A little-known secret, even to my closest friends:
This morning, at precisely 5:45am, I began writing my novel.
I'll admit, I'm a three-time-Nano-dropout. Chris Baty and the gang could probably write a book based off the excuses I've come up with each year in order not to finish. Things like, "November sucks. The pacing of my novel sucks. My idea sucks. This bagel sucks."
Or, the ever-important "bathroom break," where I hide for three hours so as not have to face the disgusting jumble of mishmash I just spent the last two hours trying to get down on my computer, standing in the corner near the towels playing Angry Birds on my phone.
I can't Nano. It's just not my style. I've tried it--three times I've tried it--but the intensity and the pressure of the whole thing just doesn't work for me. The problem, My Problem, isn't that Nano doesn't work for me. My Problem lies in the fact that I have let the idea of National Novel Writing Month turn me into an "all or nothing" writer and that, my true writing friends, is where the failure comes in.
Mid-November, when I shut the lid on my laptop for the final time and walk away, I begin strategizing for next year's Nano. "Next year, I'll make an outline. Next year, I'll slow things down a bit. Next year, I'll wake up even earlier. Next year, I pinky-swear I will not get on Facebook."
So there becomes a void, the chasm I've created, in which I promise that I'll simply fix everything next year. In the meantime, I spend the next roughly 365 non-leap-year days in suspended procrastination. I call it "planning." I call it "revising my strategy."
It boils down to "I'm not doing shit along the lines of a novel, thanks for asking."
All that has changed.
Rather than reliving the frenzy associated with November, I spoke yesterday with a friend regarding pacing. Pacing seems to be the subset of writing that gives me the greatest concern. I still haven't reread the hodgepodge I so-delicately sloughed from grey matter to keystroke during last year's regal attempt, but I do remember having some concerned moments where I would be thinking, "Goodness gracious," except that's not really the term I conjured at the time, "I'm 27,000 words in and nothing has happened yet! They aren't doing anything!" This can be a rather frightful realization. Talking about needing to get to the point: I was sitting at my workstation while The Point was off on some Pacific Island getaway. The Point was more elusive than the Jersey Devil.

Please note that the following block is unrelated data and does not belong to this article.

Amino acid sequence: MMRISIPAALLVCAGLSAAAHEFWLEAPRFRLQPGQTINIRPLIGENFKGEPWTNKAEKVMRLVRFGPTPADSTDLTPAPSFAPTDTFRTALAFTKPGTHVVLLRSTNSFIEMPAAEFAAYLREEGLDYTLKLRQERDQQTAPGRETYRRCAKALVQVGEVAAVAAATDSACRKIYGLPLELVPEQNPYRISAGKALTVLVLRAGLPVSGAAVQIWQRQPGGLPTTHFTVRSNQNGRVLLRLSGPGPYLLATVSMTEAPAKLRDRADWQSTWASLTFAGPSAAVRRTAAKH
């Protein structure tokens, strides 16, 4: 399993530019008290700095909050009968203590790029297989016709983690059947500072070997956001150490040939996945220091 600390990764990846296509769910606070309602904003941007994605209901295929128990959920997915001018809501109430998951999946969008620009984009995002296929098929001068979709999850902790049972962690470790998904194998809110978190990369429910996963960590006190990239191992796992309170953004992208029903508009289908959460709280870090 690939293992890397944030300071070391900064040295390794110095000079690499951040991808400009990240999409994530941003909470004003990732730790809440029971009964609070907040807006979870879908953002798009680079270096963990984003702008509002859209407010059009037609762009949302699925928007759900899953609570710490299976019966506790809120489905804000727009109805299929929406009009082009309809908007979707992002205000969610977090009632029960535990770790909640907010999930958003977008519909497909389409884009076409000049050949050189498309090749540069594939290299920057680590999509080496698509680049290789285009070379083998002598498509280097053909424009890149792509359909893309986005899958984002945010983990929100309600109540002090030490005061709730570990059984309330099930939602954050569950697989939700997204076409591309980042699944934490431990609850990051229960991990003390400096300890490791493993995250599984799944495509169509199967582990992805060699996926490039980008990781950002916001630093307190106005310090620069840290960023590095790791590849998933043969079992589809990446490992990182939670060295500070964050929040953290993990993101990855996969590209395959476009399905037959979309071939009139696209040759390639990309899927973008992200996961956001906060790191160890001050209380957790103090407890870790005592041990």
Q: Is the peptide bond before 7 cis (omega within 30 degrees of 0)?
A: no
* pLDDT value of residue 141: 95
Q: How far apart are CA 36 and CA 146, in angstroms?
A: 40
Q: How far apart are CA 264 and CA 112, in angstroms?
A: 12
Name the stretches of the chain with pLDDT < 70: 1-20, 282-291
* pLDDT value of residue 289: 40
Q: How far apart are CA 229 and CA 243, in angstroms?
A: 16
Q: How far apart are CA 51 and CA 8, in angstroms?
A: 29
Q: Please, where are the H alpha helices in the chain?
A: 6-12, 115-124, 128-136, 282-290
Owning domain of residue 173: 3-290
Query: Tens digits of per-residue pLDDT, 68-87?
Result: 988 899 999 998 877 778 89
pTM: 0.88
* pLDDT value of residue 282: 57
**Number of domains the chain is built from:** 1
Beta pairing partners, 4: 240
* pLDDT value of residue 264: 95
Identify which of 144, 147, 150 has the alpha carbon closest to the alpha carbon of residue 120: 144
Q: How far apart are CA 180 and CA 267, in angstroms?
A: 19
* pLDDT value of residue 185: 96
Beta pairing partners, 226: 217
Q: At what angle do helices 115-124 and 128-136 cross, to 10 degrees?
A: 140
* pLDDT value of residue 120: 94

I was searching for The Point, or even its second cousin, The Action, but they were no where to be found.
I stood yesterday under a covered awning, discussing writing with my all-time mentor and amicus in scripto as a new name was brought to light: John Dufrense. Not a new name for my former Creative Writing professor, but a new name to me.
As I rushed home to my Nook Color, my handy credit card billing information stored safely within the confines of its little Nook walls, I began the planning stages of My New Novel. Oh yes, I imagined myself sitting at my workstation (this is the glamorous interpretation: in real life, I slouch over my laptop a la Quasimodo), steam rising from the coffee cup within reach of my left hand (another interpretation, as my coffee does not "steam" considering I get by on reheating yesterday's leftovers), cigarette dangling from my lip (this is true), pounding away at the ol' non-ivories. I imagine my characters suddenly coming to life, revealing previously unknown tidbits about their lives, all while I'm following along from the plush confines of my "I-bought-it-at-Target" grey fluffy bathrobe. Oh, in my mind's eye I'm gloriously laboring over the "tick tick tick" of the keyboard...
And then I read ol' John Dufrense's advice.
I'm not sure where John Dufrense lives in relation to my house, but it feels like he just kicked me in the head and took off running faster than I can catch him.
But he's right. From my Nook to your ears, John Dufrense wants me to start slow. He wants me to write my novel, oh yes indeed he does, but he wants me to write my novel in six months.
"Six months?" I holler to no one in particular. "Six months? Well shit, Mister Dufrense," (and I say it all snobby like that), "why don't I just go ahead and plan a vacation or something? If you give me six months to write my novel, I guarantee I'm going to use the first month finishing my hardwood floors and baseboards. The second month you can look for me outside the perimeter of the fence line, rehammering those pesky boards that have started to come loose. Around month three, Mr. Fancypants, I'll be caulking the panels in Aidan's room, getting ready to paint. Grab a brush, John. You can help me out. You do know how to cut in, don't you?"
Mr. Dufrense just stood there all akimbo, his French eyes waiting for me to shut up.
It was a Mexican stand-off right there in my bedroom. For every excuse I shot at John Dufrense, he just stood there, taking it. It felt like me against Sparta: I could sense John Dufrense and his band of writers increasing the tension of their bowstrings, on the cusp of releasing those arrows that would eventually block out the sun.
Or, in last night's case, the lamp on the nightstand.
So I stood there, John Dufrense and I, and finally I ran out of things to say. I picked the Nook up again and I started doing everything that John Dufrense told me to do. I sulked about it for a while, mumbling about how I just wanted to write, I didn't want to do any of this stupid planning, but ol' Dufrense just gave me that shifty Dufrense smile, put his hand on my head, tousling my hair, and walked away.
This morning, I woke to the sound of the alarm after giving myself two extra "snoozes." I picked up my notebook, came out to the porch, and began getting to know my characters.
I'm finding them pretty interesting. :-)